Solo en Inglès
Laura Owens, Untitled, 1999. Acrylic and oil on canvas, 60 x 60 in. (152.4 x 152.4 cm). Collection of Annie & Matt Aberle, Los Angeles. © Laura Owens
Narrator: This painting is based on an image that Owens made in an early computer-drawing program called Kid Pix.
Scott Rothkopf: She worked hard to recreate those kinds of strokes, like a spray or a dob, that you could make in these programs in paint. So they had a different kind of thickness and life.
Narrator: Take a moment to focus on the lower-left hand portion of the painting. There’s a red-and-yellow upside-down arc, surrounded by free-flowing abstract forms. With that area in your mind’s eye, go through the door and look for a smaller painting, made in the same style. It’s like a blown-up detail of the area we were just looking at, although Owens made this smaller painting first.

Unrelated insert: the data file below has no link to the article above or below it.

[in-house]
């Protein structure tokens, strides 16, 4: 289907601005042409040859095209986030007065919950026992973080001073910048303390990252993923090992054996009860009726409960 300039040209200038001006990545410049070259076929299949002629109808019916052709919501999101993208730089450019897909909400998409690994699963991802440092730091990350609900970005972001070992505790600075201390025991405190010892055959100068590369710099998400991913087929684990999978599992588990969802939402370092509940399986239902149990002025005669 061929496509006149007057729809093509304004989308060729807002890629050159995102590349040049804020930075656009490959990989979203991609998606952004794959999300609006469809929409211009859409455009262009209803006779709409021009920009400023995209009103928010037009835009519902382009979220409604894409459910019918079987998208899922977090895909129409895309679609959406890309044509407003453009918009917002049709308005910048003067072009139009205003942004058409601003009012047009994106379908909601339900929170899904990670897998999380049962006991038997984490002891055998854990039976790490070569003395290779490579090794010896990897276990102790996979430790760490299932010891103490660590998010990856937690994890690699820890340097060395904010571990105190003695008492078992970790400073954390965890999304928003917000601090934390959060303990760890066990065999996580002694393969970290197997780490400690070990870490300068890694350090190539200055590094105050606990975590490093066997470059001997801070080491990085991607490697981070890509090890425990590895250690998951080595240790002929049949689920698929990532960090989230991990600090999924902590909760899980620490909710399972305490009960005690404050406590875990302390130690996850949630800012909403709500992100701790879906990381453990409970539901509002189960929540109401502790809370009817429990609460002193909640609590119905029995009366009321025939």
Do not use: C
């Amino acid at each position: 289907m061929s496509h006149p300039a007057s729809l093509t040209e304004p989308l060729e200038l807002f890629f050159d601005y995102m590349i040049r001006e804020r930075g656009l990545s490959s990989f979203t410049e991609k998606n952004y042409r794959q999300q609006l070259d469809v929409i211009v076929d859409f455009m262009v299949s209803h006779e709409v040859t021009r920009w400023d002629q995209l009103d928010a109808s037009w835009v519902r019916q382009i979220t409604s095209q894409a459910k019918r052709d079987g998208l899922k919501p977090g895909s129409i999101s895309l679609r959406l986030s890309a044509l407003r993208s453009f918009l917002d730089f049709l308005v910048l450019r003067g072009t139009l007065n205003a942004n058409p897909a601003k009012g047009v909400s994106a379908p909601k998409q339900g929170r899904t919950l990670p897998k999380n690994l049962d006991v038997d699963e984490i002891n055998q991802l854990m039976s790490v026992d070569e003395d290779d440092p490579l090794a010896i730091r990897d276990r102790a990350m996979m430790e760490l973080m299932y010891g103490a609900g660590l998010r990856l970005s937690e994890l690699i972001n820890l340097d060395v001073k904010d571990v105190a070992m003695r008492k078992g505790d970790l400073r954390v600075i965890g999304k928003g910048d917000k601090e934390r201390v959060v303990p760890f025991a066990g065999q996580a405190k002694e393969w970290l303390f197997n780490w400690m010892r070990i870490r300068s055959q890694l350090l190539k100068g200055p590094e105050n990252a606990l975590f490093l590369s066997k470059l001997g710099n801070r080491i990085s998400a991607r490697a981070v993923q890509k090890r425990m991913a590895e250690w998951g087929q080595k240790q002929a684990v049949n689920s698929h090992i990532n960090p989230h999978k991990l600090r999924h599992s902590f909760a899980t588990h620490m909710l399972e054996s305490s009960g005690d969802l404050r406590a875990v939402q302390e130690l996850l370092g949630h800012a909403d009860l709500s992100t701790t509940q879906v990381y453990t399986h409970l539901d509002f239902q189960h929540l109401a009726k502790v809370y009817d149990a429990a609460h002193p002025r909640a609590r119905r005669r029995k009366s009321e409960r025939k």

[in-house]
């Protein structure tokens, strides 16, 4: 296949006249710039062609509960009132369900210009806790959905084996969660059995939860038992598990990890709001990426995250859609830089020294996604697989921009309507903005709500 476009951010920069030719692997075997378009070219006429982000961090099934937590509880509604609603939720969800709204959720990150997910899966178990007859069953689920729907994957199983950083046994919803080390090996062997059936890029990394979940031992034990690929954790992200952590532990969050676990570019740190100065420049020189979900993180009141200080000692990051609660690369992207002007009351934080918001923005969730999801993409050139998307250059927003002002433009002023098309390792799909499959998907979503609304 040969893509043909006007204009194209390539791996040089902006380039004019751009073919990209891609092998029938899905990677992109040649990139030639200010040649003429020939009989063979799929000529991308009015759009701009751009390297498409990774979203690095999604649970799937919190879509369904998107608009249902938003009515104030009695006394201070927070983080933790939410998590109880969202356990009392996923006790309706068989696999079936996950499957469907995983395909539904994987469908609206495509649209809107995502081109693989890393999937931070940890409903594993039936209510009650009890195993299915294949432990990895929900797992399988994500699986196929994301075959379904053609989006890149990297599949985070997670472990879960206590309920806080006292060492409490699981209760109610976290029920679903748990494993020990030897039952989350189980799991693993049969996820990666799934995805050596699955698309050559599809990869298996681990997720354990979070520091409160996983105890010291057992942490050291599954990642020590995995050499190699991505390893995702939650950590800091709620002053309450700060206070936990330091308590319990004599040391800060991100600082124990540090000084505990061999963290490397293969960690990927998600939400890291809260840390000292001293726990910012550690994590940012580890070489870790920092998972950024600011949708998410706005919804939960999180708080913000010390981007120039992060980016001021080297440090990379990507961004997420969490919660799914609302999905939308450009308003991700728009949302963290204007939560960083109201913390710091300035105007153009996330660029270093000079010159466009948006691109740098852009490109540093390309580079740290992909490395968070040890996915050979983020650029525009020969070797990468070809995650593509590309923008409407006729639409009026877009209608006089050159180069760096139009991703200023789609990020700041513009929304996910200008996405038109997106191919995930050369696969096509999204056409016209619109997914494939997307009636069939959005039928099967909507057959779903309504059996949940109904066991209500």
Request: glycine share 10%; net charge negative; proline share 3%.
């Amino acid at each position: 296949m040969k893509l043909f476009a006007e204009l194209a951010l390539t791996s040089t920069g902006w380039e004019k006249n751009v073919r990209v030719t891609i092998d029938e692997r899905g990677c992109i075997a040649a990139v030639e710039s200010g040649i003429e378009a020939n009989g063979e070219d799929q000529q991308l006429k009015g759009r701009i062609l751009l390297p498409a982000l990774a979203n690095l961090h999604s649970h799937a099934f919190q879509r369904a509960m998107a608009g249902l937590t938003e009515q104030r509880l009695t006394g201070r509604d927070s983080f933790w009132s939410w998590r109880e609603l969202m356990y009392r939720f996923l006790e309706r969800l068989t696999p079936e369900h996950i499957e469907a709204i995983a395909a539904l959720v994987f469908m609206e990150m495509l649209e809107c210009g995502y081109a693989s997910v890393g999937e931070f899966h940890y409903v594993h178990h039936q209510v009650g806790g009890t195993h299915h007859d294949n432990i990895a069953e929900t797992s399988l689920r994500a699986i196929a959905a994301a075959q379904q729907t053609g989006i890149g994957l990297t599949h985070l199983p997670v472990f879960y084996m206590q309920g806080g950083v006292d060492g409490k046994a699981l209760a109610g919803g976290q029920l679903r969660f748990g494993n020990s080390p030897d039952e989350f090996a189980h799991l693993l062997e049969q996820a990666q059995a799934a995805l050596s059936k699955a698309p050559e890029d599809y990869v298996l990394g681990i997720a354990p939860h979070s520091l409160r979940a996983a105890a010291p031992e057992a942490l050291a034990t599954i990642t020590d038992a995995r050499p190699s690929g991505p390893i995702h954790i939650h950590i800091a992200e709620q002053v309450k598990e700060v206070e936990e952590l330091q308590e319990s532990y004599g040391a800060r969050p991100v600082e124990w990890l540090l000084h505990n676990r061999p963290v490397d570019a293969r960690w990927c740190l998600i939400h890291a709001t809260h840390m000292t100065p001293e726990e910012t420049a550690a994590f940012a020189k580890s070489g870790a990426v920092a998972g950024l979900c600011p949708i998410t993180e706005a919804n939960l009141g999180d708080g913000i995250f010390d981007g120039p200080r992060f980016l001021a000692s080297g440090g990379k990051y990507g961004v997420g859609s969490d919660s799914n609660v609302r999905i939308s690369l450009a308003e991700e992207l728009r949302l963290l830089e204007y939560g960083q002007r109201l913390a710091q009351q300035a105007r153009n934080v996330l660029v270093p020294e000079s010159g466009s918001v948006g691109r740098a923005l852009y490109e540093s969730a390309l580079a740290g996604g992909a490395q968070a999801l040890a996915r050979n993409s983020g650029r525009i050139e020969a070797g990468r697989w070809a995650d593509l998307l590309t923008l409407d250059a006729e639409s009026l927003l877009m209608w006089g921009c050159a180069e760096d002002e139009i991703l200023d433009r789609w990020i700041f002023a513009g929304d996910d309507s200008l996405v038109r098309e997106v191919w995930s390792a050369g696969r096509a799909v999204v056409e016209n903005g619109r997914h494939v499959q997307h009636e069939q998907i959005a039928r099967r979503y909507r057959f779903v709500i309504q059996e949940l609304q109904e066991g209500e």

Scott Rothkopf: This gallery approximates a space in London where Owens had an exhibition in 1999. She often approached her exhibitions thinking very specifically about the architecture of a given gallery, and this is a perfect example of the way that she thought. Here, she was thinking not only about the gallery space, but also about the idea of a diptych, which is, of course, a work of art that includes two parts as part of a larger whole.
On one wall you see a diptych of two monkeys facing each other across a blank space.
Narrator: These paintings were in the same exhibition as the ones based on the digital drawing. They look completely different, but they explore similar ideas about the relationships between paintings and architecture.
Scott Rothkopf: She thought of the blank space between the two panels as being as important as the part where the painting was. You see their eyes locking across this great divide, and the edges of the canvas reach from wall to wall, and ceiling nearly to floor.